June 15 is Tax Day, take two, for millions of filers
Tax to-do's after you say 'I Do'

Advance Child Tax Credit letter going to 36 million; money to follow starting in July

Family parents on couch children playing on floor1

A letter from the Internal Revenue Service can be scary. But for 36 million families who soon will find such correspondence in their mail boxes, the news could be good. Very good.

The document will have information on the Child Tax Credit (CTC), which was expanded under American Rescue Plan Act (ARPA) provisions that became law back in March. The $2,000 tax break was hiked for the 2021 tax year to $3,600 for each child age 5 and younger and to $3,000 each for those between ages 6 and 17.

Even better, the entire credit is fully refundable for 2021. This means that if your credit amount exceeds what you owe, you can get the full remainder as a refund. Previously, if you had more CTC than tax liability, a maximum of $1,400 per child was refundable.

And the best change is that qualifying families don't have to wait until next tax-filing season to get the increased amounts. ARPA allows the IRS to send the CTC amount to qualifying families in monthly payments through the rest of this year.

Advance CTC amounts start in July: The tax agency will begin issuing the new CTC advance distributions in July. In advance of that, the IRS is sending out the first letter basically as an introduction to the CTC changes.

The letters are going to taxpayers who, based on their 2019 or 2020 tax filings or information they entered online to obtain economic impact payments, look as if they might qualify for the early tax benefit.

Once the IRS determines that a taxpayer is eligible for the advance CTC payment, the agency will send a second, personalized letter with an estimate of the monthly credit amount they can expect.

The payments to eligible families could be as much as $300 per month for each qualifying child younger than 6 and up to $250 per month for each older qualifying youngster. They will be issued July 15, Aug. 13, Sept. 15, Oct. 15, Nov. 15, and Dec. 15, either as direct deposits or mailed U.S. Treasury checks.

No action needed in most cases: Most families who get the initial CTC letter won't need to do anything to get the advance child credits.

The IRS will calculate the amount based on eligible taxpayers' 2020 tax returns. If that return is not available, either because it has not been filed or the IRS hasn't processed it yet, the tax agency instead will determine the CTC payment amount using the taxpayers' 2019 return.

Taxpayers qualify for the new maximum CTC in 2021 if their modified adjusted gross income, based on filing status, is:

  • $75,000 or less and they file as a single taxpayer;
  • $112,500 or less for head-of-household filers; and
  • $150,000 or less for jointly filing married couples or qualified widows and widowers.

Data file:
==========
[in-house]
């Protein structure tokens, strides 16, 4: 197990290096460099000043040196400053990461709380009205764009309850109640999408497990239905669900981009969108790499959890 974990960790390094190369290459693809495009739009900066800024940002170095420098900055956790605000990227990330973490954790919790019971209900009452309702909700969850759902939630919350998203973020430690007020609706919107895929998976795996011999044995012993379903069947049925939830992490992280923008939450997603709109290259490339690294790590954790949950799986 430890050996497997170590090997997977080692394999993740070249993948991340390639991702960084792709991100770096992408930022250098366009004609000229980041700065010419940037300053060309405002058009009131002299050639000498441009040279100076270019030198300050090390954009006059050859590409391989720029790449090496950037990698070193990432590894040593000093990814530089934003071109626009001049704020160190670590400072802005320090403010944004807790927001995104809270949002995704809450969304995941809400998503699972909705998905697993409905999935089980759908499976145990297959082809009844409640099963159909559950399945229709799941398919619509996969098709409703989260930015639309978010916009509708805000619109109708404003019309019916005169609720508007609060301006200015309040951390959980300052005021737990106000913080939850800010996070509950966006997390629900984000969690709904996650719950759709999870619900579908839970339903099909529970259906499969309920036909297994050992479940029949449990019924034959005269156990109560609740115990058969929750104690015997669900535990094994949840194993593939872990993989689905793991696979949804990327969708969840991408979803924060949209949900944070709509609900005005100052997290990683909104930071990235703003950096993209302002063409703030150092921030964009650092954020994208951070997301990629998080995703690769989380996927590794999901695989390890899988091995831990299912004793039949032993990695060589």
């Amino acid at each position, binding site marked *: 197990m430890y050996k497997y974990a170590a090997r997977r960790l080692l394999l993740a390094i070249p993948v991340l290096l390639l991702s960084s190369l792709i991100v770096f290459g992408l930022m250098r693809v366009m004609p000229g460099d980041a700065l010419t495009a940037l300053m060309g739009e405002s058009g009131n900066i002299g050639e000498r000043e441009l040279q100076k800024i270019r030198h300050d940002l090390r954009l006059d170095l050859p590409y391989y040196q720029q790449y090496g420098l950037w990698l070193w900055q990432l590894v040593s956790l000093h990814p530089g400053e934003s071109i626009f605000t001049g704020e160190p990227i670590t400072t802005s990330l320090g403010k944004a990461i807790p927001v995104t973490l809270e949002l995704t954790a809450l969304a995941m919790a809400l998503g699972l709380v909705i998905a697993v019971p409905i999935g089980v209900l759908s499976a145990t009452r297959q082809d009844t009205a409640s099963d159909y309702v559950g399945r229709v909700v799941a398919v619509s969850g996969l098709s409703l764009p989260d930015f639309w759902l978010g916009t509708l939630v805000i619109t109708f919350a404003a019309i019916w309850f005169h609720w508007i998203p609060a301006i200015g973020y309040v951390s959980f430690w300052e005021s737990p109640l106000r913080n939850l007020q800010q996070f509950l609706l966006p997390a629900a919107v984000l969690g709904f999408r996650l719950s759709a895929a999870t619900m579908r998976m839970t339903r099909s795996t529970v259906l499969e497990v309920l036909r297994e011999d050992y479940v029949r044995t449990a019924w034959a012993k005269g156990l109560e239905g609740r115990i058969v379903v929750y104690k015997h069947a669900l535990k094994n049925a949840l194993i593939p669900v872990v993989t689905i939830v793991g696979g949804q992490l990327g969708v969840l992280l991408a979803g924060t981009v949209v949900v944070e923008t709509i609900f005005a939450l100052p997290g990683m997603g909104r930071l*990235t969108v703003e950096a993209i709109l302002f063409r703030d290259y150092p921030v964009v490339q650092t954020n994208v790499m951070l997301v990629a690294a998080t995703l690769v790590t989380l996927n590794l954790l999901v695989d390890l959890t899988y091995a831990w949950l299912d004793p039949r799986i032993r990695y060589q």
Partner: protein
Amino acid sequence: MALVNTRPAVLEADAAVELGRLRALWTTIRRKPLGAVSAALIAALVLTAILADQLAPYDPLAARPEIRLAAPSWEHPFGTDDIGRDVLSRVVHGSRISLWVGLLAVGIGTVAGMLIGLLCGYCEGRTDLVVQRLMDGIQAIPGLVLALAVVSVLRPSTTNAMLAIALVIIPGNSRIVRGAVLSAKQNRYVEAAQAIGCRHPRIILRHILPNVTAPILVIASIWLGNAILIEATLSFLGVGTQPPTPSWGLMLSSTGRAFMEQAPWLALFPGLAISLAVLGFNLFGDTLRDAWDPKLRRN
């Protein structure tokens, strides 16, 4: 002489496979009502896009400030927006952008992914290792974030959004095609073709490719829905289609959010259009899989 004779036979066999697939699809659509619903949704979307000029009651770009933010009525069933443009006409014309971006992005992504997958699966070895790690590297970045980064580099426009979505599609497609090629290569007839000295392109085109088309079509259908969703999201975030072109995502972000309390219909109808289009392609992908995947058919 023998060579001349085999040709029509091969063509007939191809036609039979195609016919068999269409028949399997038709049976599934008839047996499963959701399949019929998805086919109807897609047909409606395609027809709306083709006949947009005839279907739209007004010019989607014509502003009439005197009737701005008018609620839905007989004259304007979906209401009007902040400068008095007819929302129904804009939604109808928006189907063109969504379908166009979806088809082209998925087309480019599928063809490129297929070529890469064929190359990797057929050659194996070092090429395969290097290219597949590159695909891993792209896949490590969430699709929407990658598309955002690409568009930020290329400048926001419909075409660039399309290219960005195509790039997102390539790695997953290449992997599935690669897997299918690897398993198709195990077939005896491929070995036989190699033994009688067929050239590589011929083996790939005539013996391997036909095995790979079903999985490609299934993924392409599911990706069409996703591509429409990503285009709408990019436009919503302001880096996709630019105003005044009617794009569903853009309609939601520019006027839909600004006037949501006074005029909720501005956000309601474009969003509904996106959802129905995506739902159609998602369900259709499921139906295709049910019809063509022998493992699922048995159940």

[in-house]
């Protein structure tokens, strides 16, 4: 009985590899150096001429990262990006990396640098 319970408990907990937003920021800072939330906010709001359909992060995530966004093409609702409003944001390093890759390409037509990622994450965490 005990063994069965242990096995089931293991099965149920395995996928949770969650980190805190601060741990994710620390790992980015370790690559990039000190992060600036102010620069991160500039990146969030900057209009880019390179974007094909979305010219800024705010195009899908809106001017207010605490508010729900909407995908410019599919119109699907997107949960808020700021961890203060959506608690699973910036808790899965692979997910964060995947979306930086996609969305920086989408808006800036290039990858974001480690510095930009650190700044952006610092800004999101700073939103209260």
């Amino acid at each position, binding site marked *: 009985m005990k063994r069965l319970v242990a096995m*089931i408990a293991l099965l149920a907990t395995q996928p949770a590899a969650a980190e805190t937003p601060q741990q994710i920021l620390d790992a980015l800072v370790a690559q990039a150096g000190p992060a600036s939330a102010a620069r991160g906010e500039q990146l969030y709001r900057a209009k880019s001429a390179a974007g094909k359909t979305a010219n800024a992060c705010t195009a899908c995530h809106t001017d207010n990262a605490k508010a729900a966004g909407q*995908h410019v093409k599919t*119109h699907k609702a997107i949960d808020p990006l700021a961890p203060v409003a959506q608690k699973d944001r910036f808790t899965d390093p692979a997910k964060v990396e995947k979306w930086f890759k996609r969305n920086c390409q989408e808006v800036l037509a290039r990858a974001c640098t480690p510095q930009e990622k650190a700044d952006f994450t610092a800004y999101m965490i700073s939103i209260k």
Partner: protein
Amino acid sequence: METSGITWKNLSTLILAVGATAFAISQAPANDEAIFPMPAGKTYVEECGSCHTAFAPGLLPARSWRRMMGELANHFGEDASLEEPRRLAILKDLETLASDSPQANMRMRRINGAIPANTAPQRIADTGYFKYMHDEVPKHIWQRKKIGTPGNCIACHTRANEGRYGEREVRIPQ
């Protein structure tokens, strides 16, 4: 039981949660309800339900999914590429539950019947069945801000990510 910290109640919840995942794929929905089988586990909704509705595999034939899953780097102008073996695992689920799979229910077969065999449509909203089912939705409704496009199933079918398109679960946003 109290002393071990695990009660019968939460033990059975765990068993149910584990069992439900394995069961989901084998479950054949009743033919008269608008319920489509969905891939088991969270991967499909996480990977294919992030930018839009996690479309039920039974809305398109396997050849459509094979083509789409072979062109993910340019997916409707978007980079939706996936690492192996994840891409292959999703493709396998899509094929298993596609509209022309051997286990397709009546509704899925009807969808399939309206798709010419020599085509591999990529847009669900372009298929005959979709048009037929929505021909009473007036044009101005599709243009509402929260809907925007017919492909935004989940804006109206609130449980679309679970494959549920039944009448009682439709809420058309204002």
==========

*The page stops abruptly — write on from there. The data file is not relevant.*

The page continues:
If you haven't yet filed your 2020 return and it will make you eligible for the CTC or more of it, then you should submit that Form 1040 as soon as possible.

A current return also will give the IRS your most up-to-date bank data, meaning it can directly deposit the monthly advance credit payments.

Action needed if you don't want the early money: Most of us rarely refuse an added tax break. But some families might decide they don't want the advance CTC payments.

The advance payments will account for half of a taxpayer's expected 2021 CTC amount. To get the remainder, they'll have to reconcile the early payments with the final full credit for which they qualify on their tax returns next year.

That truing up of the full credit amount against advances is causing some concern among tax professionals. They worry that the process could inadvertently lead to a tax bill next tax-filing season.

This could happen, for example, to taxpayers who lost a dependent in 2020 or whose income is higher in 2021. The advances also could create estimated tax complications. Those and other considerations where advance CTC amounts might not be worth it are discussed in a recent Tax Notes article.

Check it out and if you have any concerns about getting the advance payments, talk with your tax adviser.

Online update, change options on the way: If you do decide you don't want the CTC payments, the IRS says it will offer later this summer a resource at IRS.gov where you can unenroll from the advance payments. You then can collect the full CTC amount for which you qualify when you file your 2021 return next year.

This upcoming Child Tax Credit Update Portal also will allow those who do get advance monthly payments to make changes related to the credit. Once it's operational, taxpayers will be able to notify the IRS of changes in their income, filing status, or number of qualifying children, as well as update direct deposit information.

Until the new CTC portal is available, you can stay up to date on what's happening with the advance credit at the IRS' special web page (and here at the ol' blog!). The IRS page also has links to an interactive Child Tax Credit eligibility tool so that families, whether they get one or both IRS CTC letters, can see if they qualify for the advance monthly payments.

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